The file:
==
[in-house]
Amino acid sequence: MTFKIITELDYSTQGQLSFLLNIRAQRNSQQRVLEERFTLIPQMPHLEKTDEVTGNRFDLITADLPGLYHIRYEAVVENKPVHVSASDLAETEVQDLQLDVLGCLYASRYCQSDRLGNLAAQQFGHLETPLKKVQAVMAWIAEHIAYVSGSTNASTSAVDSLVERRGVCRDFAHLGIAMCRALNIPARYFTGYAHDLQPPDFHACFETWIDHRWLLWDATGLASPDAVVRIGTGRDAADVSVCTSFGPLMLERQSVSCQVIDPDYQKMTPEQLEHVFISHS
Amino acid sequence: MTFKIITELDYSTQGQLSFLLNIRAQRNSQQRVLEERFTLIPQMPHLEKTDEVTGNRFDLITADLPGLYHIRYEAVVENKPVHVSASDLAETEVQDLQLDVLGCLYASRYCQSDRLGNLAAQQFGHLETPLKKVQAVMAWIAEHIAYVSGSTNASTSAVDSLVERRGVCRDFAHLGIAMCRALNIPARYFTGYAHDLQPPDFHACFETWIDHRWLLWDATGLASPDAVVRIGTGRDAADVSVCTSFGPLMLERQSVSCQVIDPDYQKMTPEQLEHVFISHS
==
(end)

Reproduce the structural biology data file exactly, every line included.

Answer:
[in-house]
Amino acid sequence: MTFKIITELDYSTQGQLSFLLNIRAQRNSQQRVLEERFTLIPQMPHLEKTDEVTGNRFDLITADLPGLYHIRYEAVVENKPVHVSASDLAETEVQDLQLDVLGCLYASRYCQSDRLGNLAAQQFGHLETPLKKVQAVMAWIAEHIAYVSGSTNASTSAVDSLVERRGVCRDFAHLGIAMCRALNIPARYFTGYAHDLQPPDFHACFETWIDHRWLLWDATGLASPDAVVRIGTGRDAADVSVCTSFGPLMLERQSVSCQVIDPDYQKMTPEQLEHVFISHS
Amino acid sequence: MTFKIITELDYSTQGQLSFLLNIRAQRNSQQRVLEERFTLIPQMPHLEKTDEVTGNRFDLITADLPGLYHIRYEAVVENKPVHVSASDLAETEVQDLQLDVLGCLYASRYCQSDRLGNLAAQQFGHLETPLKKVQAVMAWIAEHIAYVSGSTNASTSAVDSLVERRGVCRDFAHLGIAMCRALNIPARYFTGYAHDLQPPDFHACFETWIDHRWLLWDATGLASPDAVVRIGTGRDAADVSVCTSFGPLMLERQSVSCQVIDPDYQKMTPEQLEHVFISHS